let alone this thing, so I'm just going off the name ending with "a") is beating her wings to remain upright in the face of the figure's suggested wind direction, which makes her look rather compact - fully spread she'd have about a 6" wingspan, which is quite a lot of bird to be carrying around on your forearm, especially with little more than a single layer of leather between your skin and a bunch of razor-sharp talons. Presumably Alathena still having a right arm can be chalked up to all that elf harmony-with-nature stuff. Sorna has a reasonable if simple set of paint apps for her face, a blue beak, white feathers (which look a bit like giant eyebrows and Jaime Hyneman's moustache) and vicious-looking yellow eyes, and the rest of her is a slightly shaded dark base with modest highlights, chalky brown on the feather tips and blue-brown nearer the body. As with Alathena's hair, the highlights are nothing special on technical merit, but they does their job without causing any problems, and the sharp, highly detailed sculpt of all those feathers, obviously drawing on real hawk wings for visual reference, produces quite a satisfactory result.
Wildlife aside, Alathena also comes with a preposterously ornate hunting bow, the top half of which is packaged separately and slots into the hand
after opening. The core is a carved, gnarled piece of wood, curved and recurved so much it's a miracle it can remember which way to shoot, and augmented with strapped-on bits of silver. The wood gets a heavier highlight than those on the rest of the figure, especially around the tips, while the silver uses the same dark wash - it's a good sculpt, and the paint shows it off reasonably well. Interestingly, the bow isn't symmetrical, top versus bottom - it could be a manufacturing goof, with the top being a separate piece, but asymmetrical bows aren't unknown, and with the whole grown-not-made look of the weapon, it may be intended to look that way.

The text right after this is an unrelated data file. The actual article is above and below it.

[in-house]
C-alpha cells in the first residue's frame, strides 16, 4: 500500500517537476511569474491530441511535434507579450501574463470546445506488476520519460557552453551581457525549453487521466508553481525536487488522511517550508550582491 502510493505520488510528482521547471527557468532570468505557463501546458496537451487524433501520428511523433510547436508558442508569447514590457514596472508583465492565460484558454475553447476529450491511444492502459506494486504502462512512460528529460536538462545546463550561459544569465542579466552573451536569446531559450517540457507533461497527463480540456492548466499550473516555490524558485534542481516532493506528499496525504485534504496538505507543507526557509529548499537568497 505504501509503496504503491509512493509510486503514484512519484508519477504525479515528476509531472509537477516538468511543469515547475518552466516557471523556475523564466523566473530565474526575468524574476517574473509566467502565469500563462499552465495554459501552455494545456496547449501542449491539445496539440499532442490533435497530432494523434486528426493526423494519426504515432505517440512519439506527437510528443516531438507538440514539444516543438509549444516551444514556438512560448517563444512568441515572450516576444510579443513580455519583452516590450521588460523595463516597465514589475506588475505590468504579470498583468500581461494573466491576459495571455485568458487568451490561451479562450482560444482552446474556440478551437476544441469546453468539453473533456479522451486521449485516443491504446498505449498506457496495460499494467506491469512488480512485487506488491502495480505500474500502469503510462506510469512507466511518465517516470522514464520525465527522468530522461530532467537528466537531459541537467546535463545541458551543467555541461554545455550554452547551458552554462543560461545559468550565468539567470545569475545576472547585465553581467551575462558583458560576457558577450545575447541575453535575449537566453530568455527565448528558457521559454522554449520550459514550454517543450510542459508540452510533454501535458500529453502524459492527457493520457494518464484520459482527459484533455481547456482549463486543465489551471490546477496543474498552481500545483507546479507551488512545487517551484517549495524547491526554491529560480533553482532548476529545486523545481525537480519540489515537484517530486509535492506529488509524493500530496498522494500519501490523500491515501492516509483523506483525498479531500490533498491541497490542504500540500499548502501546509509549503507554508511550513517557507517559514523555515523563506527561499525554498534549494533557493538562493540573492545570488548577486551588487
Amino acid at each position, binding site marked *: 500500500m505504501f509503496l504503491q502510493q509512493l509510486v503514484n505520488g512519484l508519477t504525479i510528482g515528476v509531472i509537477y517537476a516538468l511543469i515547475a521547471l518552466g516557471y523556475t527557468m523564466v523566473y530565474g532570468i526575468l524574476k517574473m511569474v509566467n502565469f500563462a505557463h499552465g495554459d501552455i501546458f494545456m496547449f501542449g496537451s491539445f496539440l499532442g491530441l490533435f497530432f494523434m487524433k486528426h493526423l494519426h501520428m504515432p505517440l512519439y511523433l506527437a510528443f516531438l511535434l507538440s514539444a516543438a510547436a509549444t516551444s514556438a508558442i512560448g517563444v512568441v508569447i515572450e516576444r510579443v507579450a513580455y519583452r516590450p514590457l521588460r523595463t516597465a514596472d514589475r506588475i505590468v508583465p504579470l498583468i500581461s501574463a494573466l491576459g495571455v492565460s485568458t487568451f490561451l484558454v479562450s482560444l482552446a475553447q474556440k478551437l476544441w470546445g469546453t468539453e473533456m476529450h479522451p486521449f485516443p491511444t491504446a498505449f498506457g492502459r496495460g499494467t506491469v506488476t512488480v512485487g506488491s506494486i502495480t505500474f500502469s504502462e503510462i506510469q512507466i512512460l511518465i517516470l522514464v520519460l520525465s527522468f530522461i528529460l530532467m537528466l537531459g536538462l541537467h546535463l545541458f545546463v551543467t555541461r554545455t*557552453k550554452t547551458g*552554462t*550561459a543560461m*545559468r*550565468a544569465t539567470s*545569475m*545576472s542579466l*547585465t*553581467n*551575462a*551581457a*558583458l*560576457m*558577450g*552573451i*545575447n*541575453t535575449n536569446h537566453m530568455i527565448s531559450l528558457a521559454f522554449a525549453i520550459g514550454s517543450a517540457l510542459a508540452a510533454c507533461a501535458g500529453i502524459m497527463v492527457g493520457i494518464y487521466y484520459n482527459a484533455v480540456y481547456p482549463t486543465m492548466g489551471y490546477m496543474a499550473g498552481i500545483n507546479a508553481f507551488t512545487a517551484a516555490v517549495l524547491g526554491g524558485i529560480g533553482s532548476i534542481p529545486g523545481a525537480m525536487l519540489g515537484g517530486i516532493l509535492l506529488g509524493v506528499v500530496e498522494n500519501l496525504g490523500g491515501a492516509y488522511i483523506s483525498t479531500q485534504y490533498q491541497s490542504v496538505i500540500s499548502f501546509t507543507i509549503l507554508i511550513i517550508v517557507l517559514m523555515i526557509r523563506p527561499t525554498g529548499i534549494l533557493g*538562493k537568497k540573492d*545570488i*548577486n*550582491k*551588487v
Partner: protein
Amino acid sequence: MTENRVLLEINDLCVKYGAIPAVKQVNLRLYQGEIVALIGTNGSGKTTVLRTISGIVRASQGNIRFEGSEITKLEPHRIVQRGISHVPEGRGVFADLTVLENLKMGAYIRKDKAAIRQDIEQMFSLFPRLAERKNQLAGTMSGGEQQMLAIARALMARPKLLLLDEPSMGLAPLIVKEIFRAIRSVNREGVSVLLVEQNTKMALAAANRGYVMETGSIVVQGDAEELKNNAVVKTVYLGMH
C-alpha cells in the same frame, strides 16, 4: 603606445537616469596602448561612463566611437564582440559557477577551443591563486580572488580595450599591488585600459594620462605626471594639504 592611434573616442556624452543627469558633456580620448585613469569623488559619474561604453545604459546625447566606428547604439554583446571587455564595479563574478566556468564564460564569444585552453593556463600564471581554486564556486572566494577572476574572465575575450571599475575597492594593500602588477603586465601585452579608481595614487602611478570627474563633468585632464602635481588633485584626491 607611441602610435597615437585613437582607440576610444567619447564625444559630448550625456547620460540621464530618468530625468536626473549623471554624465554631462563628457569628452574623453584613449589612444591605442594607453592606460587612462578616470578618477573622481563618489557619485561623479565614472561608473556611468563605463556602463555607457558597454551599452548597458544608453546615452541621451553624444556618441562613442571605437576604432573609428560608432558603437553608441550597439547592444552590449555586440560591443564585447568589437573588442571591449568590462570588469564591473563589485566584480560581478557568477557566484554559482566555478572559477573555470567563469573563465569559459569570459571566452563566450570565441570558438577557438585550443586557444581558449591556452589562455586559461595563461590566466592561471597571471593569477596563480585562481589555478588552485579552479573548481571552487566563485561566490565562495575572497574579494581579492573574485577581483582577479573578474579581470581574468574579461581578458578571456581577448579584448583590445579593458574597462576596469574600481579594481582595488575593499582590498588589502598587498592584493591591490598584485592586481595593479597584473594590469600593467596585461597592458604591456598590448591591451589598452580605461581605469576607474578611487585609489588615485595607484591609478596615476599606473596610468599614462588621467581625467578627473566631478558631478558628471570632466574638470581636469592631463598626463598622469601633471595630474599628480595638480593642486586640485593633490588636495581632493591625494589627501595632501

With her high-heeled boots (only an elf would have the balance needed to get away with those monsters in a forest) Alathena's not going to be standing on her own two feet, so she comes with a pre-attached base on her right foot - it can be removed, but the peg is on her toe, not the base. It depicts, capably but unremarkably, a barren rocky terrain - dark grey with a sparing lighter highlight - and, on mine at least, has a slight tendency to let its occupant lean backwards a bit. Not to the point where she falls, but enough to look a little awkward; the heel slots into a cavity in one of the rocks, so putting a tiny piece of plastic or putty in there would shore her up, no problems.
Alathena's not a surprise, really - like Benedron, Tamuura and Amberlash, she's a striking and interesting character, realised in physical form with an above-par design and sculpt, and precise paintwork in a pleasing palette. If DC Unlimited ever nail sophisticated shading they'll be knocking them out of the park, but even as it stands now, I'll happily buy any future females they produce that meet this mark.